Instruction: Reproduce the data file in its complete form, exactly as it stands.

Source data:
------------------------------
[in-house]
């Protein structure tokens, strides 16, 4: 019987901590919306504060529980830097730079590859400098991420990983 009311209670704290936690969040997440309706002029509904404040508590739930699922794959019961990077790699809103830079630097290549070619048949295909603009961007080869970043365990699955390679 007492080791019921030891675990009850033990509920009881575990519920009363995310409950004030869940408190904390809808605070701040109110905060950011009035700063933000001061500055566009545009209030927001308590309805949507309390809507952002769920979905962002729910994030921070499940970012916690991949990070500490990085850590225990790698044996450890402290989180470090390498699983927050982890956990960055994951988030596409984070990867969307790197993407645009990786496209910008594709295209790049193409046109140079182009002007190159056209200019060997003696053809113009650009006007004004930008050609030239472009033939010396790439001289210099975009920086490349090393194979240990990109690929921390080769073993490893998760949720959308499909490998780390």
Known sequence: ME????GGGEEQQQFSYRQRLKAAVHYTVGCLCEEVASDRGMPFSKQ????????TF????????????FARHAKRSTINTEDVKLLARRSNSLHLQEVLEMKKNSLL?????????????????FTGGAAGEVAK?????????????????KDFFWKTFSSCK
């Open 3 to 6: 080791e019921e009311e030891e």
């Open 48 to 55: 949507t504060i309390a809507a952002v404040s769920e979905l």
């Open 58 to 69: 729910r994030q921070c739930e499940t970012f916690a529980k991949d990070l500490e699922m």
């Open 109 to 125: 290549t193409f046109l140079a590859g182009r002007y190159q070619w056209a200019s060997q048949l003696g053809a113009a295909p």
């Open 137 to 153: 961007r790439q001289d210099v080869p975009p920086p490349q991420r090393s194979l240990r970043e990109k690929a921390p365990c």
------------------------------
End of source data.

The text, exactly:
[in-house]
């Protein structure tokens, strides 16, 4: 019987901590919306504060529980830097730079590859400098991420990983 009311209670704290936690969040997440309706002029509904404040508590739930699922794959019961990077790699809103830079630097290549070619048949295909603009961007080869970043365990699955390679 007492080791019921030891675990009850033990509920009881575990519920009363995310409950004030869940408190904390809808605070701040109110905060950011009035700063933000001061500055566009545009209030927001308590309805949507309390809507952002769920979905962002729910994030921070499940970012916690991949990070500490990085850590225990790698044996450890402290989180470090390498699983927050982890956990960055994951988030596409984070990867969307790197993407645009990786496209910008594709295209790049193409046109140079182009002007190159056209200019060997003696053809113009650009006007004004930008050609030239472009033939010396790439001289210099975009920086490349090393194979240990990109690929921390080769073993490893998760949720959308499909490998780390």
Known sequence: ME????GGGEEQQQFSYRQRLKAAVHYTVGCLCEEVASDRGMPFSKQ????????TF????????????FARHAKRSTINTEDVKLLARRSNSLHLQEVLEMKKNSLL?????????????????FTGGAAGEVAK?????????????????KDFFWKTFSSCK
């Open 3 to 6: 080791e019921e009311e030891e």
């Open 48 to 55: 949507t504060i309390a809507a952002v404040s769920e979905l």
């Open 58 to 69: 729910r994030q921070c739930e499940t970012f916690a529980k991949d990070l500490e699922m």
């Open 109 to 125: 290549t193409f046109l140079a590859g182009r002007y190159q070619w056209a200019s060997q048949l003696g053809a113009a295909p």
């Open 137 to 153: 961007r790439q001289d210099v080869p975009p920086p490349q991420r090393s194979l240990r970043e990109k690929a921390p365990c």